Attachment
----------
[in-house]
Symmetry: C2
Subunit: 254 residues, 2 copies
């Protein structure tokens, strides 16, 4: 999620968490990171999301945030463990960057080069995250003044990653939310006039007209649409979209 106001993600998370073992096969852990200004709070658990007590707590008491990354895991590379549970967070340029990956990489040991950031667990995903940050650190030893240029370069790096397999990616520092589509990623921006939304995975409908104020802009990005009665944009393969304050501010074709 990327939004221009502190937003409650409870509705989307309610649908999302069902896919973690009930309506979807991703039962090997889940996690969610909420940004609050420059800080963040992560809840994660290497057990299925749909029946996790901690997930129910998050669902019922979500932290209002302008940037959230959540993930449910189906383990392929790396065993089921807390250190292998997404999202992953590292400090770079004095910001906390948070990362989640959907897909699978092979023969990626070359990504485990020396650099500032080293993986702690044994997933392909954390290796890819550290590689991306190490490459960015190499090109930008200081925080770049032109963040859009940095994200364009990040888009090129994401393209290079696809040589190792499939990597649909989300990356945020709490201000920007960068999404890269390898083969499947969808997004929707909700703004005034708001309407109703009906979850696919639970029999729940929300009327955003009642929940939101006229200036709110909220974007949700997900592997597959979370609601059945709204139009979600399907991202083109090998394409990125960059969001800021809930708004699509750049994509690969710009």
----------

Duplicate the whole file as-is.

[in-house]
Symmetry: C2
Subunit: 254 residues, 2 copies
């Protein structure tokens, strides 16, 4: 999620968490990171999301945030463990960057080069995250003044990653939310006039007209649409979209 106001993600998370073992096969852990200004709070658990007590707590008491990354895991590379549970967070340029990956990489040991950031667990995903940050650190030893240029370069790096397999990616520092589509990623921006939304995975409908104020802009990005009665944009393969304050501010074709 990327939004221009502190937003409650409870509705989307309610649908999302069902896919973690009930309506979807991703039962090997889940996690969610909420940004609050420059800080963040992560809840994660290497057990299925749909029946996790901690997930129910998050669902019922979500932290209002302008940037959230959540993930449910189906383990392929790396065993089921807390250190292998997404999202992953590292400090770079004095910001906390948070990362989640959907897909699978092979023969990626070359990504485990020396650099500032080293993986702690044994997933392909954390290796890819550290590689991306190490490459960015190499090109930008200081925080770049032109963040859009940095994200364009990040888009090129994401393209290079696809040589190792499939990597649909989300990356945020709490201000920007960068999404890269390898083969499947969808997004929707909700703004005034708001309407109703009906979850696919639970029999729940929300009327955003009642929940939101006229200036709110909220974007949700997900592997597959979370609601059945709204139009979600399907991202083109090998394409990125960059969001800021809930708004699509750049994509690969710009």